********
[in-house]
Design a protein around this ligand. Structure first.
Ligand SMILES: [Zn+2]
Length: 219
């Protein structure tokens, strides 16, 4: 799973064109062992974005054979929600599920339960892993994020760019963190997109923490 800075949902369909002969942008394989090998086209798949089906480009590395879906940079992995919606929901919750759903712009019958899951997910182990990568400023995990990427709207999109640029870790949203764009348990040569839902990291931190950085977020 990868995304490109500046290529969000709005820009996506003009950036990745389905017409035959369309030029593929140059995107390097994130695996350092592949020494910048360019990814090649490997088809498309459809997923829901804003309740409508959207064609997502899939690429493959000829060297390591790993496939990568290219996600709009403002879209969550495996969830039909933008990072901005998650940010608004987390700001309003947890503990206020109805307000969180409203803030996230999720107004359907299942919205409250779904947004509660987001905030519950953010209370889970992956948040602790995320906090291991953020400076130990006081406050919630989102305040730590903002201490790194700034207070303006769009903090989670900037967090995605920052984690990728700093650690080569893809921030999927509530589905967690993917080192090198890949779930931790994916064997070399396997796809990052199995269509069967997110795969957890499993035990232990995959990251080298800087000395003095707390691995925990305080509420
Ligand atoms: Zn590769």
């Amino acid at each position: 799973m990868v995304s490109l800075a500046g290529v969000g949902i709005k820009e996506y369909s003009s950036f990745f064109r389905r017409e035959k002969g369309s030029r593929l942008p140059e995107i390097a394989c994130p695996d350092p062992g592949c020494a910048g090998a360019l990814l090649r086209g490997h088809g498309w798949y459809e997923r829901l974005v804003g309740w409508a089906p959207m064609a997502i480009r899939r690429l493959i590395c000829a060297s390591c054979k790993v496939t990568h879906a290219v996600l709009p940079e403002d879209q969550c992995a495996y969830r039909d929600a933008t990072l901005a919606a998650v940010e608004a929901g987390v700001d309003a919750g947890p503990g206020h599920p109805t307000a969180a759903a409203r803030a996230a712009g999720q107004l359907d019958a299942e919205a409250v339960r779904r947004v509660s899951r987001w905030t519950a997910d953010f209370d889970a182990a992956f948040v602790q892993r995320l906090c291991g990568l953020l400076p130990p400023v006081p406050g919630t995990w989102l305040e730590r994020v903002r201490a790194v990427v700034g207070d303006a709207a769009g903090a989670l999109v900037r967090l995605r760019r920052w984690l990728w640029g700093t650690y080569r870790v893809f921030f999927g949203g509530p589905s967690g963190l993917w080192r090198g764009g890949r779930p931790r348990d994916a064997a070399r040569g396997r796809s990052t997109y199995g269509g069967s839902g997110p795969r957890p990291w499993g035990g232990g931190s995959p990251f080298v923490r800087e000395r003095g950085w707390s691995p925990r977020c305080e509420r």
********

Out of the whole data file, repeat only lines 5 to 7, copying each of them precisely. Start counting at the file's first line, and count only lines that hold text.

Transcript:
């Protein structure tokens, strides 16, 4: 799973064109062992974005054979929600599920339960892993994020760019963190997109923490 800075949902369909002969942008394989090998086209798949089906480009590395879906940079992995919606929901919750759903712009019958899951997910182990990568400023995990990427709207999109640029870790949203764009348990040569839902990291931190950085977020 990868995304490109500046290529969000709005820009996506003009950036990745389905017409035959369309030029593929140059995107390097994130695996350092592949020494910048360019990814090649490997088809498309459809997923829901804003309740409508959207064609997502899939690429493959000829060297390591790993496939990568290219996600709009403002879209969550495996969830039909933008990072901005998650940010608004987390700001309003947890503990206020109805307000969180409203803030996230999720107004359907299942919205409250779904947004509660987001905030519950953010209370889970992956948040602790995320906090291991953020400076130990006081406050919630989102305040730590903002201490790194700034207070303006769009903090989670900037967090995605920052984690990728700093650690080569893809921030999927509530589905967690993917080192090198890949779930931790994916064997070399396997796809990052199995269509069967997110795969957890499993035990232990995959990251080298800087000395003095707390691995925990305080509420
Ligand atoms: Zn590769």
């Amino acid at each position: 799973m990868v995304s490109l800075a500046g290529v969000g949902i709005k820009e996506y369909s003009s950036f990745f064109r389905r017409e035959k002969g369309s030029r593929l942008p140059e995107i390097a394989c994130p695996d350092p062992g592949c020494a910048g090998a360019l990814l090649r086209g490997h088809g498309w798949y459809e997923r829901l974005v804003g309740w409508a089906p959207m064609a997502i480009r899939r690429l493959i590395c000829a060297s390591c054979k790993v496939t990568h879906a290219v996600l709009p940079e403002d879209q969550c992995a495996y969830r039909d929600a933008t990072l901005a919606a998650v940010e608004a929901g987390v700001d309003a919750g947890p503990g206020h599920p109805t307000a969180a759903a409203r803030a996230a712009g999720q107004l359907d019958a299942e919205a409250v339960r779904r947004v509660s899951r987001w905030t519950a997910d953010f209370d889970a182990a992956f948040v602790q892993r995320l906090c291991g990568l953020l400076p130990p400023v006081p406050g919630t995990w989102l305040e730590r994020v903002r201490a790194v990427v700034g207070d303006a709207a769009g903090a989670l999109v900037r967090l995605r760019r920052w984690l990728w640029g700093t650690y080569r870790v893809f921030f999927g949203g509530p589905s967690g963190l993917w080192r090198g764009g890949r779930p931790r348990d994916a064997a070399r040569g396997r796809s990052t997109y199995g269509g069967s839902g997110p795969r957890p990291w499993g035990g232990g931190s995959p990251f080298v923490r800087e000395r003095g950085w707390s691995p925990r977020c305080e509420r």